On Feb. 19, Union Board sponsored a trip to the Charles H. Wright Museum of African American History in Detroit to celebrate Black History Month.
The process of making this trip happen was born from a push by Leslie Tovar, Dallas junior and the vice president of off-campus events for Union Board.
“I told Jen (Yawson, Union Board faculty advisor and director for Campus Life) how I wanted to add more culture and culture appreciation and stuff like that into our events that we had, especially off-campus,” said Tovar.
Tovar became interested in incorporating more elements of cultural appreciation and unbiased history into off-campus activities, including how Black history content may be presented in schools through a more favorable point of view towards white men.
“I think it’s great that we all wanna have fun,” said Tovar. “But I also feel like it’s that aspect of people who don’t get to explore the city or maybe learn more of what’s not here or maybe what they didn’t get when growing up. I feel like it’s good to open it up and make them see that there’s more than this because I feel that the education system explains everything from a white person’s point of view.”
Once the event was proposed, the event went to Yawson for approval. Yawson made the necessary phone calls to ensure that the trip happened as originally envisioned. A few calls were made to accommodate students visiting the museum, receive the college’s approval for the trip and arrange transportation for the event, among others.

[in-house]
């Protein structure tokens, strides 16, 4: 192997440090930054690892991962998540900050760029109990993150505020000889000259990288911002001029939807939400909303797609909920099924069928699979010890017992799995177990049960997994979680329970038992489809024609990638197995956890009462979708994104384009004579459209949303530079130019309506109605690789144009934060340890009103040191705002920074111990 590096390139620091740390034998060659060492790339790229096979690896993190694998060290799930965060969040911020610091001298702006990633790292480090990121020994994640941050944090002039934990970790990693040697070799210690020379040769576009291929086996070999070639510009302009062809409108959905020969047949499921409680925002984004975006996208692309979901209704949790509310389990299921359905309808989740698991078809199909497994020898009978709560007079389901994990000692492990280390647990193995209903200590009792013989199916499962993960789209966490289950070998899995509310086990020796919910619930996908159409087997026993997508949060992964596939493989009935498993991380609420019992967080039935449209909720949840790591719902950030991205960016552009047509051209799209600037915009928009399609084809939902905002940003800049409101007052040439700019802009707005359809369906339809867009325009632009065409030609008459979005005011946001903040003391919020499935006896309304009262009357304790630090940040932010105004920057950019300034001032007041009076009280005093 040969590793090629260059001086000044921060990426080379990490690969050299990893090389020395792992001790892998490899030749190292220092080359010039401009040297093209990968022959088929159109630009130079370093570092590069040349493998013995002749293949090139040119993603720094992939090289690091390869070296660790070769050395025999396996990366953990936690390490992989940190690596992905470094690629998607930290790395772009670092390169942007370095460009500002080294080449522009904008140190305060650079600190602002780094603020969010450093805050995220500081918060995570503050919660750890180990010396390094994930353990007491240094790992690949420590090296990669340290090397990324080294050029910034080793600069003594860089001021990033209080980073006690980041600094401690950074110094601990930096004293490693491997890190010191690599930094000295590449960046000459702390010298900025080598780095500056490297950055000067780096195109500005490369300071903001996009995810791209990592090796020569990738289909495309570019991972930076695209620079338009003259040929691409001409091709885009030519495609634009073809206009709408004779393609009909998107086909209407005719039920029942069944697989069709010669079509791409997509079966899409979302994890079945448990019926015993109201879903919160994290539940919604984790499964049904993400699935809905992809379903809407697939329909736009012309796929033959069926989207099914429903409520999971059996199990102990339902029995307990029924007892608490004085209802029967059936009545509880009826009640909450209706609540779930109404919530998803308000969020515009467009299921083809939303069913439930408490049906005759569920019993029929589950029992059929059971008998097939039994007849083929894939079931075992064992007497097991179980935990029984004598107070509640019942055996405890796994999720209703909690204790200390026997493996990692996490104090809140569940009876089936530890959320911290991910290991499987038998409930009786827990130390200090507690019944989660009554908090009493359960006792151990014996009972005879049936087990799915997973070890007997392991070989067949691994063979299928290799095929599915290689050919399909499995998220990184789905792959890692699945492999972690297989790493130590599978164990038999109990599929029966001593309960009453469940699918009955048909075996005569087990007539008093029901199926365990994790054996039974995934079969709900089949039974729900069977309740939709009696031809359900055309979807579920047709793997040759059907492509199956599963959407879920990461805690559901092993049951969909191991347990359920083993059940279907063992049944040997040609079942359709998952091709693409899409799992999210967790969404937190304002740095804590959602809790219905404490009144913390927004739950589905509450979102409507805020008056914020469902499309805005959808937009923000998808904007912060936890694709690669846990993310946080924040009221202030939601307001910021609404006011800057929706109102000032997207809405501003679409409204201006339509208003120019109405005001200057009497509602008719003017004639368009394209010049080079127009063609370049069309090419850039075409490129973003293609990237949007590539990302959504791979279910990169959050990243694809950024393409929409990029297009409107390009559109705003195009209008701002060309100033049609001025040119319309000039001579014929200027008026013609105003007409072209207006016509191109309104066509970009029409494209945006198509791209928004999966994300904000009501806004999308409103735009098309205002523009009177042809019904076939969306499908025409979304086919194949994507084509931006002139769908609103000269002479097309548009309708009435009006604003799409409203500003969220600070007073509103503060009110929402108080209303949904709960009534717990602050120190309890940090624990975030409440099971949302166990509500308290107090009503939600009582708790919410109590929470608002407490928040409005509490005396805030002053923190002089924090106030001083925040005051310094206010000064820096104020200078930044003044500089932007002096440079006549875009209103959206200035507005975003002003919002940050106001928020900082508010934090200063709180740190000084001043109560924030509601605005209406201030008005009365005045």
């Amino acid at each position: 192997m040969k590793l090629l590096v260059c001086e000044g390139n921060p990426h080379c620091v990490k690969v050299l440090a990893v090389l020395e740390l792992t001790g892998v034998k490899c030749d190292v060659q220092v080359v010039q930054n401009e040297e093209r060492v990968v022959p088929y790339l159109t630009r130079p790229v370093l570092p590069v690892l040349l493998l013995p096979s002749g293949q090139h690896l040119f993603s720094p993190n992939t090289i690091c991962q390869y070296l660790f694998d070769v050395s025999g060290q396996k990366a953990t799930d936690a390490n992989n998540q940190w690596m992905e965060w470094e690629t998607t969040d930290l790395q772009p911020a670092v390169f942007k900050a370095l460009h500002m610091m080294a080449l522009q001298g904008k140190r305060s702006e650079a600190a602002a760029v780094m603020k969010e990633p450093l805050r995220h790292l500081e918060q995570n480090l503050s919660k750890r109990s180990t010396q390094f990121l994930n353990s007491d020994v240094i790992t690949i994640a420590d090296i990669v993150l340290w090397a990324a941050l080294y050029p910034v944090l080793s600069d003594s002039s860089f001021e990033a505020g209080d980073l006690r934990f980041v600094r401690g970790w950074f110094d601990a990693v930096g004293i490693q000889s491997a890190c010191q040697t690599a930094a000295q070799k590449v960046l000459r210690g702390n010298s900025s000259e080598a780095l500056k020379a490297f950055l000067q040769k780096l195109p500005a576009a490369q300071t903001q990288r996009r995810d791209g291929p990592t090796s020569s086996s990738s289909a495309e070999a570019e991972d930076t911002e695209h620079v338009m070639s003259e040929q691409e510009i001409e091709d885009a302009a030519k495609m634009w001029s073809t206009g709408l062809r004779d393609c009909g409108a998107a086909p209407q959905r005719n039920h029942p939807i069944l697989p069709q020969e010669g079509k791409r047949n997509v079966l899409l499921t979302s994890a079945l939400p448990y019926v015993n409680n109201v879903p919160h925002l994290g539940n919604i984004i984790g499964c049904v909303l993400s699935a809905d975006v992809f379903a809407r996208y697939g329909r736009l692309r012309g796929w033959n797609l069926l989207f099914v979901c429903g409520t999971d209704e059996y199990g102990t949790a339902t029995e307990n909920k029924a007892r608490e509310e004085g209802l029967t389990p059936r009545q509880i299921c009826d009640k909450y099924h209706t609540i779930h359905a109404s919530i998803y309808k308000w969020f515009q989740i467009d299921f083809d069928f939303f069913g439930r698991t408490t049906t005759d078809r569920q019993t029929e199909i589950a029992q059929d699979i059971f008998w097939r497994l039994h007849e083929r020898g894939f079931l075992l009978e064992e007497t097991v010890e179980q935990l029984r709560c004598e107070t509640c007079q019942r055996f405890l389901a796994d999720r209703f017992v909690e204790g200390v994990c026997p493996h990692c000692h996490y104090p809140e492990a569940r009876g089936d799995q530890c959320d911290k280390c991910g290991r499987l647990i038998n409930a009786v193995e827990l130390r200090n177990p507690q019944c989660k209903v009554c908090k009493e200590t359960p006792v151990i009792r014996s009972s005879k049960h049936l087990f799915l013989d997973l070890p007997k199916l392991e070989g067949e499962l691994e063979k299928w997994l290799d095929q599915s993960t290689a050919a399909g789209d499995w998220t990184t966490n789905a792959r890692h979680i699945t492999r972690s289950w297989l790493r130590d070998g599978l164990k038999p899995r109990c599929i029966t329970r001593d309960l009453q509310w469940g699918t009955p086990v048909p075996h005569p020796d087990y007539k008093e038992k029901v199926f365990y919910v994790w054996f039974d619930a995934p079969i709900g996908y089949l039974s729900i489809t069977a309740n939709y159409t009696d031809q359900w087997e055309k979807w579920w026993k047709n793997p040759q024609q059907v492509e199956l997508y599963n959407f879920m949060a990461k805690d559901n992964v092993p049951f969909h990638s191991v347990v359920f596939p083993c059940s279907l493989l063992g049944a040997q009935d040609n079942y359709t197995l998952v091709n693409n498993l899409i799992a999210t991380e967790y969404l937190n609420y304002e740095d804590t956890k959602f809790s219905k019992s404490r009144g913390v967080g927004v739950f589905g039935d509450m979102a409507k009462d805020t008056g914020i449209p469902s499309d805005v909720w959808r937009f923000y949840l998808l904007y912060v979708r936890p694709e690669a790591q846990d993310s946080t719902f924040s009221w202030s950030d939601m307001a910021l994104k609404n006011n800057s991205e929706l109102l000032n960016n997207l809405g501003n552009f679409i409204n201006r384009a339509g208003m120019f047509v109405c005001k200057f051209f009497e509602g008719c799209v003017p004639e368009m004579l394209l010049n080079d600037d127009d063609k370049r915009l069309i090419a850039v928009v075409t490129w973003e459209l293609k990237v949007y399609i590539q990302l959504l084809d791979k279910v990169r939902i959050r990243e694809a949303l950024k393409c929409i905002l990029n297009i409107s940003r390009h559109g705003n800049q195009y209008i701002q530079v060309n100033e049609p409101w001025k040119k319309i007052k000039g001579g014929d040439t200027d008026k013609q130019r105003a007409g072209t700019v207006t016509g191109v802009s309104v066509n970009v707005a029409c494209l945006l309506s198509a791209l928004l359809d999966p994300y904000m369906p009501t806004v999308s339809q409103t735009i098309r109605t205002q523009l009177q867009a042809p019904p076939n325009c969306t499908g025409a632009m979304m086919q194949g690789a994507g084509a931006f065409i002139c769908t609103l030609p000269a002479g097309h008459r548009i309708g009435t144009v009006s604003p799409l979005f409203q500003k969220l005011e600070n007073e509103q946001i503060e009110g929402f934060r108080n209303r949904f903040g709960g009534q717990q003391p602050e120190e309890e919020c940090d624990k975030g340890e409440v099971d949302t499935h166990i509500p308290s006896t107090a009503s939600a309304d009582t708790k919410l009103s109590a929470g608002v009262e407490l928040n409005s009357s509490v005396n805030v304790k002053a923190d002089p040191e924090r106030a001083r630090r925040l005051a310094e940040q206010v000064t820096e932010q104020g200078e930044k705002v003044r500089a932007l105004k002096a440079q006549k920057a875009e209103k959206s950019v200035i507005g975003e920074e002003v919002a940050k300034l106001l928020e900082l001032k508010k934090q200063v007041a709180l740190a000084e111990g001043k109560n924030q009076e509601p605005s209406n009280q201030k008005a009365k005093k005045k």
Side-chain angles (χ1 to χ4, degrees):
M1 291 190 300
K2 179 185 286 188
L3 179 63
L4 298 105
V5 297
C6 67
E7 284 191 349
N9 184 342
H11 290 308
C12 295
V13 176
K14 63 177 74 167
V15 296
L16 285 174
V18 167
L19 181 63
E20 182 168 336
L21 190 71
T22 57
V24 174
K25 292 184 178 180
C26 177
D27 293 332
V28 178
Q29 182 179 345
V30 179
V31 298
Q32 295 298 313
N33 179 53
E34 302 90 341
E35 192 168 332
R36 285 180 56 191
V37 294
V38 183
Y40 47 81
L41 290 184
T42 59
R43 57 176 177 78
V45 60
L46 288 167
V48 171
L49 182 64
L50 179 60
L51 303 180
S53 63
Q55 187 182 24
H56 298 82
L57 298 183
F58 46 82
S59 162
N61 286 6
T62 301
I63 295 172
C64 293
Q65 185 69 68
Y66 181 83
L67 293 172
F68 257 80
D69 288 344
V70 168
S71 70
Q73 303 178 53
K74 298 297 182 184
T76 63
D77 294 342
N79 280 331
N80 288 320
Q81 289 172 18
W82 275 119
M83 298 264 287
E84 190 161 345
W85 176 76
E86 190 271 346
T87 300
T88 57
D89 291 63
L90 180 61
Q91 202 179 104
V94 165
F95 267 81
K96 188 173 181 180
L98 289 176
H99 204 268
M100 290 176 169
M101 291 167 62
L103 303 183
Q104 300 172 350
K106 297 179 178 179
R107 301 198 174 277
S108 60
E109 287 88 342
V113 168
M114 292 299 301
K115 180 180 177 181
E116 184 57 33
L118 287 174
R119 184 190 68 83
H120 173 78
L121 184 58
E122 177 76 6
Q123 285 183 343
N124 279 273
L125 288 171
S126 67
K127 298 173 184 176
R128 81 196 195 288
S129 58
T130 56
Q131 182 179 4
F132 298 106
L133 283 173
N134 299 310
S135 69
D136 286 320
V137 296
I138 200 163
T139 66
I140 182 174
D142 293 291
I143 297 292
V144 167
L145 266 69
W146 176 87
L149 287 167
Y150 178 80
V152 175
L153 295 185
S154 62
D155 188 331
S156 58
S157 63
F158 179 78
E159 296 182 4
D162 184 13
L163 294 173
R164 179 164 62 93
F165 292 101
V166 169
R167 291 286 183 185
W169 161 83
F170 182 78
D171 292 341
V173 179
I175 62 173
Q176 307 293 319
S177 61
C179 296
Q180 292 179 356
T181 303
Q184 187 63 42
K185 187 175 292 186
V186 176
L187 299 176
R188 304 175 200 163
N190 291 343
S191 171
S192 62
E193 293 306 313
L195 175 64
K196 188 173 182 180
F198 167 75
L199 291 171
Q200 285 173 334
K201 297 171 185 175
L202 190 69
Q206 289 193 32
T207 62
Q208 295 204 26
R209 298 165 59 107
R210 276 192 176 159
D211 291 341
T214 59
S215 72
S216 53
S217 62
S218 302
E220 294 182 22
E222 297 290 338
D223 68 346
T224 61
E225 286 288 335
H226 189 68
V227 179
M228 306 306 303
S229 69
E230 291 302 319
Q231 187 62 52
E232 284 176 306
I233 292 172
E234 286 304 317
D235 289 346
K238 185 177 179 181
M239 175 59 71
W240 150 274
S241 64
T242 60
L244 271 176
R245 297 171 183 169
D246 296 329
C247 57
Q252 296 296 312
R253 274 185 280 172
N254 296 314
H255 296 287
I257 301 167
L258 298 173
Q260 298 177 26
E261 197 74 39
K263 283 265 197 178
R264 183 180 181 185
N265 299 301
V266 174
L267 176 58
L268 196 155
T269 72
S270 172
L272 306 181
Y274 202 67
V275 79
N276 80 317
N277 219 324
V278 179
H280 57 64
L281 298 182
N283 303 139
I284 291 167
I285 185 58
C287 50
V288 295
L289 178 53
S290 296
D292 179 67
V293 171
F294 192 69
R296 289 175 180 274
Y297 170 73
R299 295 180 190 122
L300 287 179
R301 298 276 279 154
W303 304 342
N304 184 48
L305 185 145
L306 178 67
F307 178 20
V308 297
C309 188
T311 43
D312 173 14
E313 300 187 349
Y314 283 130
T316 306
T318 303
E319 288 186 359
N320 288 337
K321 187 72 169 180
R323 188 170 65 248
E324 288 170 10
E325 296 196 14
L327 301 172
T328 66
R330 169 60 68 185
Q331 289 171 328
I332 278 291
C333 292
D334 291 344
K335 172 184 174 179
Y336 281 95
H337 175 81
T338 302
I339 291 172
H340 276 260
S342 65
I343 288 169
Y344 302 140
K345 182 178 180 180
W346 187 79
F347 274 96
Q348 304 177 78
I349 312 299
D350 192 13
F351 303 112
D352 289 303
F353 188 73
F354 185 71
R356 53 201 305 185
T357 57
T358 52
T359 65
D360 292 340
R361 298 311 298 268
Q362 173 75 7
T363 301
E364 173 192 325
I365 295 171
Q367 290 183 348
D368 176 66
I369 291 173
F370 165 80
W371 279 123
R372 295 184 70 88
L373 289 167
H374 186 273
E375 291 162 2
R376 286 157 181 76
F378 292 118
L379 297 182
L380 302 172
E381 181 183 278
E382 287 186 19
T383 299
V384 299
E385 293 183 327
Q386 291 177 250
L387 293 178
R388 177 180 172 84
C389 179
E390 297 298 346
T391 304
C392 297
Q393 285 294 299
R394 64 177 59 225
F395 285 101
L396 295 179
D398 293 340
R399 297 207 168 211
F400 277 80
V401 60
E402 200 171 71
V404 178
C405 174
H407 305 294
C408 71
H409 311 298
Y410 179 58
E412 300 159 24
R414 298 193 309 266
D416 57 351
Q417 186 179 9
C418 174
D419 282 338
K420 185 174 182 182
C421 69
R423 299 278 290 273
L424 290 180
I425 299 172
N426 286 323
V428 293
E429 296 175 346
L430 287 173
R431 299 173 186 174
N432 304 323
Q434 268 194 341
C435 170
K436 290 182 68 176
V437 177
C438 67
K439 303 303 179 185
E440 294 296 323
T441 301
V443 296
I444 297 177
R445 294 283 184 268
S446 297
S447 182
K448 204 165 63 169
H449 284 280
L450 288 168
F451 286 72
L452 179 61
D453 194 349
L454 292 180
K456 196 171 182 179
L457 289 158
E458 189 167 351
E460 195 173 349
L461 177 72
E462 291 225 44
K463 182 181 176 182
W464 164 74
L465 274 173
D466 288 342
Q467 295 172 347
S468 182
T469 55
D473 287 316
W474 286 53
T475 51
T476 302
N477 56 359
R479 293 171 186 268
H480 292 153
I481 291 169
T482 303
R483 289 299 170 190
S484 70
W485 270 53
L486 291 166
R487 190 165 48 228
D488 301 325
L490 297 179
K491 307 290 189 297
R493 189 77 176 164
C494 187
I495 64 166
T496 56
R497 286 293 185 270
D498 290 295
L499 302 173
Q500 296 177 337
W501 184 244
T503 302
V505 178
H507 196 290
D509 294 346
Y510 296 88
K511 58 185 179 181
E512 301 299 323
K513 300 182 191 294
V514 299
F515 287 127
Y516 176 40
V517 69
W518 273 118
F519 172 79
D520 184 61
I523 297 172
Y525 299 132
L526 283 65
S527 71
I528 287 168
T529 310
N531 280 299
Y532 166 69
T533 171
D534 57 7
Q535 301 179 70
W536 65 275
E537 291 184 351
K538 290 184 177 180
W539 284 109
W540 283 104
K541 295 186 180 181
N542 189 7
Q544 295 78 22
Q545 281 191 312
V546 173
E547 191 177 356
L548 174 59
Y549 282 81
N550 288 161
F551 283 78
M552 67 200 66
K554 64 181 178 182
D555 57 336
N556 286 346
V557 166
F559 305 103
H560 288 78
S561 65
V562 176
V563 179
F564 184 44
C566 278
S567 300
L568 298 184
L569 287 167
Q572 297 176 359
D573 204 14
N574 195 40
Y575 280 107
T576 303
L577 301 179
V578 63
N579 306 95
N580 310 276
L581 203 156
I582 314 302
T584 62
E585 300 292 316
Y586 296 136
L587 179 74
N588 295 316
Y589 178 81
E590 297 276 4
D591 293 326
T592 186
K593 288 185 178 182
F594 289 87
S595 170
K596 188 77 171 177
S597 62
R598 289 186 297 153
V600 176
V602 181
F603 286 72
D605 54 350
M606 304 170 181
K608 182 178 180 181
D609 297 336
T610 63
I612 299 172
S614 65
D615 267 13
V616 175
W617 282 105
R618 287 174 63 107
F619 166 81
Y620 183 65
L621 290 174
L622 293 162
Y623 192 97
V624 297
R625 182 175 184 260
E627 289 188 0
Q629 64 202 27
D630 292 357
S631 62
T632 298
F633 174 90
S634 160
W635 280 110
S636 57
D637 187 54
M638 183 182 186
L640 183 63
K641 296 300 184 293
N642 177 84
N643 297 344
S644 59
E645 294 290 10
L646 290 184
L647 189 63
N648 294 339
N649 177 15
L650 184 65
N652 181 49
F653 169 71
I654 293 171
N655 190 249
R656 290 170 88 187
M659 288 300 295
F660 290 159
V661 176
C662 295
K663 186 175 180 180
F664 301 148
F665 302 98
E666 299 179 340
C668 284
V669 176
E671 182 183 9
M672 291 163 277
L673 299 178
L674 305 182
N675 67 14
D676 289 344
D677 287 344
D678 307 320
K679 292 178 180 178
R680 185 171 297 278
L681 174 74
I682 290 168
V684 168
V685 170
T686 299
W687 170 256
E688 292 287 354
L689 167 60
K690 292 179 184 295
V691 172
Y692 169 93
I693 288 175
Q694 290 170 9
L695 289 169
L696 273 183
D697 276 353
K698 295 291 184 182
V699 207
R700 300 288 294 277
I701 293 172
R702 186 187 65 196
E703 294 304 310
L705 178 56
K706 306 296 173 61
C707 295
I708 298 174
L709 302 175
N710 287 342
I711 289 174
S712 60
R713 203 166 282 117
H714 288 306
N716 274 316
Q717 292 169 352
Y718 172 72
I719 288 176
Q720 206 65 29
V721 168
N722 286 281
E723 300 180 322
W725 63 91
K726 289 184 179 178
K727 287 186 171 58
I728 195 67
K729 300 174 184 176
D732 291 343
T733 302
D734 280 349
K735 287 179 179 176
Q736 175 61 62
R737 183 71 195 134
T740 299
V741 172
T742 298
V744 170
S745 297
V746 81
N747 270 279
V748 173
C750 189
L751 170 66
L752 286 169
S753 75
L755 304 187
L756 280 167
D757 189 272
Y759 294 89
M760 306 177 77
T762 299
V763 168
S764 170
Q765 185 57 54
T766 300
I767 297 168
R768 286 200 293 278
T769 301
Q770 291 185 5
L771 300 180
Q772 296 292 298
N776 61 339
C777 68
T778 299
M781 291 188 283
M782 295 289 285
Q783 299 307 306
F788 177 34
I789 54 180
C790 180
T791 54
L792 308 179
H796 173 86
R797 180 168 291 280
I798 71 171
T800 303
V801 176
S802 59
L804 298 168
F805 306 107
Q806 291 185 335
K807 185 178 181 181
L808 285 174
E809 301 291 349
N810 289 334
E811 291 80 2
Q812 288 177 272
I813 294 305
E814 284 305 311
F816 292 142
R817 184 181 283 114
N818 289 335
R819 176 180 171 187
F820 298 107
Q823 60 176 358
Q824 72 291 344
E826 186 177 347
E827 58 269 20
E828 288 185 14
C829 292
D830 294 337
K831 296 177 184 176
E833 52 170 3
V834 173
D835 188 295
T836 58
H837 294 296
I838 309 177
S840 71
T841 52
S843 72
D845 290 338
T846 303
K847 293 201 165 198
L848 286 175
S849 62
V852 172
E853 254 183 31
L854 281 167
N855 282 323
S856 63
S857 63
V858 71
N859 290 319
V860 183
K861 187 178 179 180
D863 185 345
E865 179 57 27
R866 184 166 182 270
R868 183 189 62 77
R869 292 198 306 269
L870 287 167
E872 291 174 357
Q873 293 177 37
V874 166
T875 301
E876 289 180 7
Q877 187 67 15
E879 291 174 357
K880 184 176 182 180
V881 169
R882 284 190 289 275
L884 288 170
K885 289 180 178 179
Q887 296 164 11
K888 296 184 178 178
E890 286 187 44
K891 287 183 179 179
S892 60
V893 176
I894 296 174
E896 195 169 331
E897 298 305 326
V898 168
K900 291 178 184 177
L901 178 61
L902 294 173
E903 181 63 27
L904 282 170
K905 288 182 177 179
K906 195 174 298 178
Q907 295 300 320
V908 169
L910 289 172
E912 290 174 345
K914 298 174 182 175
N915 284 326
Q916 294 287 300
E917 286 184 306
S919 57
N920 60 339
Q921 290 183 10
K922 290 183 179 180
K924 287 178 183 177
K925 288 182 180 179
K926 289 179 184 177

While Tovar did rely on Yawson for much of the approval process, they did what they could throughout the approval process to ensure that the trip occurred.
“I guess the most we’ve done was, because we’re also offering food, we’d call different restaurants and be like, ‘hey, are you able to take this many people if we come in,’” said Tovar.
When compared to other events held off-campus, Tovar made it clear that the scale of an event played a role in making a trip like this possible.
“I think with approving stuff, it just depends on what we’re doing. If it’s within the state, within Michigan, and it’s in Detroit for example, I don’t think it’s that big a deal,” said Tovar. “It just depends, because I know for Cedar Point, that’s bigger because that was the amusement park we went to last semester, we had to get all the tickets. And then we needed food vouchers, so I feel that it just depends on how big the trip is because for that one we had to drive out to Ohio.”
Correction: The original publication of this article misidentified Tovar’s position and has since been corrected.